54 =[P(error|rule 1)-P(error|rule 2)] / P(error|rule 1) rule 1: random assignments to one variable are made with no knowledge of 2 nd variable rule 2: random assignments to one variable are made with knowledge of 2 nd variable B1B2 A1 A B1B2 A160 A


56 Table Standardization even very large and highly significant X 2 (or G 2 ) statistics dont necessarily mean that all parts of the table are equally deviant (and therefore interesting) usually need to do other things to highlight loci of association or interaction which cells diverge the most from expected values? very difficult to decide when both row and column totals are unequal…

57 Percent standardization highly intuitive approach, easy to interpret often used to control the effects of sample- size variation have to decide if it makes better sense to standardize based on rows, or on columns

58 usually, you want to standardize whatever it is you want to compare –i.e., if you want to compare columns, base percents on column totals you may decide to make two tables, one standardized on rows, the other on columns…

59 MNIs


61 Binomial Probabilities P(n,k,p): probability of k successes in n trials, with p probability of success in any one trial n = 13 k = 5 p = 3.7/13

62 Binomial Probabilities in R: > pbinom(k, n, p) easy to build into a function…


64 percent cumulative percent K-S test for cumulative percents

65 cumulative percent

66 cumulative percent some useful statistical measures (ordinal or ratio scale) can be misleading when used with nominal data good for comparing data sets Cumulative Percent Graph



69 K-S test find Dmax: –maximum difference between 2 cumulative proportion distributions –compare to critical value for chosen sig. level C*((n 1 +n 2 )/(n 1 n 2 ))^.5 –alpha =.05, C=1.36 –alpha =.01, C=1.63 –alpha =.001, C=1.95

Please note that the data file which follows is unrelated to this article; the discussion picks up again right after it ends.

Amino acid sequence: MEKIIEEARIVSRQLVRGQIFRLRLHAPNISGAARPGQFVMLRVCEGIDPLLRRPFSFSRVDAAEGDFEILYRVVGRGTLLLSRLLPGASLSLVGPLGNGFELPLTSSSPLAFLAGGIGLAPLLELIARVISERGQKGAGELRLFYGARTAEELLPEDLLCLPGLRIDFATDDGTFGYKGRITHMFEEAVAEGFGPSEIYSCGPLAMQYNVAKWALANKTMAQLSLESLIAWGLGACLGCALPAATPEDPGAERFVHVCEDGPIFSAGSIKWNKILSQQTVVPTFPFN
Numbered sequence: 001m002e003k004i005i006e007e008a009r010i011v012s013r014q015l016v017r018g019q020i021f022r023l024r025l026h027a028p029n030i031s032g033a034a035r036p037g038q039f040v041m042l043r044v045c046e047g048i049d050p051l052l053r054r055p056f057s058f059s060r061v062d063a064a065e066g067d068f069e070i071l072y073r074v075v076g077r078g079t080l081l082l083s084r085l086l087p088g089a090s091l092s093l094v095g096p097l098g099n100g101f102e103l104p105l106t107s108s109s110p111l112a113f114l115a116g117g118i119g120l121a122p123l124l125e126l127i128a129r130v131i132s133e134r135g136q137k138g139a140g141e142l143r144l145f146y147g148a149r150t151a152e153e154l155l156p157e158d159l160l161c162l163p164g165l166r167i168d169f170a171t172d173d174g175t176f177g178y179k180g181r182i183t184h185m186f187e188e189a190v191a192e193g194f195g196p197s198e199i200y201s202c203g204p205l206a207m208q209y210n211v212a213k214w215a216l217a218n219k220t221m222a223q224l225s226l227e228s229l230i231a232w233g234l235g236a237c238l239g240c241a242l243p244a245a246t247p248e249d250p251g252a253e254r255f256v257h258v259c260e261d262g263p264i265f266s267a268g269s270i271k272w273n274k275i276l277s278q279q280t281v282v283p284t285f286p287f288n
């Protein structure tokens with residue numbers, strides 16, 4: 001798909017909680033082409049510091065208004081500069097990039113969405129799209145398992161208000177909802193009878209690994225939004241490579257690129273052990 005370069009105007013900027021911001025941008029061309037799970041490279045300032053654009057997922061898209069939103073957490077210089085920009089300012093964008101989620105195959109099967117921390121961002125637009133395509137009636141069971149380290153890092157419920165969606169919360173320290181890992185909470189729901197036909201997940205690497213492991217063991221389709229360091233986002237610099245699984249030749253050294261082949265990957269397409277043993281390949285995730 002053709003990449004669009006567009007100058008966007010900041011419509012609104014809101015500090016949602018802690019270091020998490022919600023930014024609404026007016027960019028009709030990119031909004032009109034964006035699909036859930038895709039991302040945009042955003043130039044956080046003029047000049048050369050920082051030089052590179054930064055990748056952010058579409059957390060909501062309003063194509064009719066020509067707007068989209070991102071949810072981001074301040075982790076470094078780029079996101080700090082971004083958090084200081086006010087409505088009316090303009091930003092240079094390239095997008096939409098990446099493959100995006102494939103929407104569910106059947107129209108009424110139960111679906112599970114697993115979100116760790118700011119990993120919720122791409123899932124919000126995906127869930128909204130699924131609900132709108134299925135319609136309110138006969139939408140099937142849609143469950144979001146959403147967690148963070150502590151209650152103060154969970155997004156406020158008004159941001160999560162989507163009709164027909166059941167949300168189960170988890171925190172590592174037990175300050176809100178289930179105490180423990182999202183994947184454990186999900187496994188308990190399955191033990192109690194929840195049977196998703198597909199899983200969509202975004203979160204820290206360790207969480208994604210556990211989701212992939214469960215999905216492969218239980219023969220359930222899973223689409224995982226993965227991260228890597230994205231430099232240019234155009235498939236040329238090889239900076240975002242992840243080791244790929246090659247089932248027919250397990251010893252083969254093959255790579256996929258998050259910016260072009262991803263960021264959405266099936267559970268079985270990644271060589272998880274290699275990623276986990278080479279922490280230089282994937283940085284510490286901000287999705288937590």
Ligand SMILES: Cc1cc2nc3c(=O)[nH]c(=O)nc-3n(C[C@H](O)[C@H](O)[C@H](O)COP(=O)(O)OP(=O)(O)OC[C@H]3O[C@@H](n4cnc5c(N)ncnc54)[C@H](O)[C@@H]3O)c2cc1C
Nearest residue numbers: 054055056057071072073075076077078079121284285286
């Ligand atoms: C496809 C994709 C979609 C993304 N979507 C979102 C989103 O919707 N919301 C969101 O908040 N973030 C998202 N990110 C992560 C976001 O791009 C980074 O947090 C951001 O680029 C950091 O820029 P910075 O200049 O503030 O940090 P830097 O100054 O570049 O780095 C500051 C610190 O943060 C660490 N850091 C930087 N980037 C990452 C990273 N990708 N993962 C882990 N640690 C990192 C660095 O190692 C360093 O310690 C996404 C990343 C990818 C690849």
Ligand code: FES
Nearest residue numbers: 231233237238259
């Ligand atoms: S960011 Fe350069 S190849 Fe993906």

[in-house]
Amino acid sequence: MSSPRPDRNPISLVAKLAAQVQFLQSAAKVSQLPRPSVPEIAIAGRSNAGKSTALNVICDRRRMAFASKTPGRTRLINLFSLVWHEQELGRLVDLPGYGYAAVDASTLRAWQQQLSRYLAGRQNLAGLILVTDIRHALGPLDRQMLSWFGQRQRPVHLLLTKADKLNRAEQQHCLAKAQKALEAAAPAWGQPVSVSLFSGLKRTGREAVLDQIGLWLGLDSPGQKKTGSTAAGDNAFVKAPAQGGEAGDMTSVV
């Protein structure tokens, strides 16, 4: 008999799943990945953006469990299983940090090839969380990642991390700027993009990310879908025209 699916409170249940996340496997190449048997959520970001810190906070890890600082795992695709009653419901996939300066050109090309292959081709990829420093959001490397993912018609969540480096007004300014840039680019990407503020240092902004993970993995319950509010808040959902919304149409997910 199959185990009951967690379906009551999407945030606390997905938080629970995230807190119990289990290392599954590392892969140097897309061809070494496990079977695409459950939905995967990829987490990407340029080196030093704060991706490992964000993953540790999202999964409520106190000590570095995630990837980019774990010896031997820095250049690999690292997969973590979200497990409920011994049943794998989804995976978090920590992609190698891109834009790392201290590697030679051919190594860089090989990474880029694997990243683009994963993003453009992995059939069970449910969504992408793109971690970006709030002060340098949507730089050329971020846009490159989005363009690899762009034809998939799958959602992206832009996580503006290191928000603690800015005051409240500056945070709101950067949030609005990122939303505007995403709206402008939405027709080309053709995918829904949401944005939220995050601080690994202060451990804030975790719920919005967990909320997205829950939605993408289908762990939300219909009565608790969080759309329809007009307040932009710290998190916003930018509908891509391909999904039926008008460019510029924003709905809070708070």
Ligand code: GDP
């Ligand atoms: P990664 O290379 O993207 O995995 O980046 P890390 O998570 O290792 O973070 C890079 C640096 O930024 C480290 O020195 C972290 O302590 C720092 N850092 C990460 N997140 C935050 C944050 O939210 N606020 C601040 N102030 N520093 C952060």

70 example 2 mortuary data (Shennan, p. 56+) burials characterized according to 2 wealth (poor vs. wealthy) and 6 age categories (infant to old age) RichPoor Infans I 623 Infans II 821 Juvenilis 1125 Adultus 2936 Maturus 1927 Senilis 34 Total 76136

71 burials for younger age-classes appear to be more numerous among the poor can this be explained away as an example of random chance? or do poor burials constitute a different population, with respect to age-classes, than rich burials?

72 we can get a visual sense of the problem using a cumulative frequency plot:

73 K-S test (Kolmogorov-Smirnov test) assesses the significance of the maximum divergence between two cumulative frequency curves H 0 :dist 1 =dist 2 an equation based on the theoretical distribution of differences between cumulative frequency curves provides a critical value for a specific alpha level observed differences beyond this value can be regarded as significant at that alpha level

74 if alpha =.05, the critical value = 1.36* (n 1 +n 2 )/n 1 n * (76+136)/76*136 = the observed value = < 0.195; dont reject H 0 D max =.178

75 age <= 30age > 30 strongly disagree87 mildly disagree59 disagree66 no opinion01 agree22 mildly agree13 strongly agree23 statement/question: Oil exploration should be allowed in coastal California… example 2


77 example 3 survey data 100 sites broken down by location and time: earlylateTotal piedmont plain Total50 100

78 we can do a chi-square test of independence of the two variables time and location H 0 :time & location are independent alpha =.05 time location H0H0 time H1H1

79 2 values reflect accumulated differences between observed and expected cell-counts expected cell counts are based on the assumptions inherent in the null hypothesis if the H 0 is correct, cell values should reflect an even distribution of marginal totals earlylateTotal piedmont50 plain50 Total

80 chi-square = ((o-e) 2 /e) observed chi-square = 4.84 we need to compare it to the critical value in a chi-square table:


82 chi-square = ((o-e) 2 /e) observed chi-square = 4.84 chi-square table: critical value (alpha =.05, 1 df) is 3.84 observed chi-square (4.84) > 3.84 we can reject H 0 H 1 : time & location are not independent

83 what does this mean? earlylateTotal piedmont plain Total50 100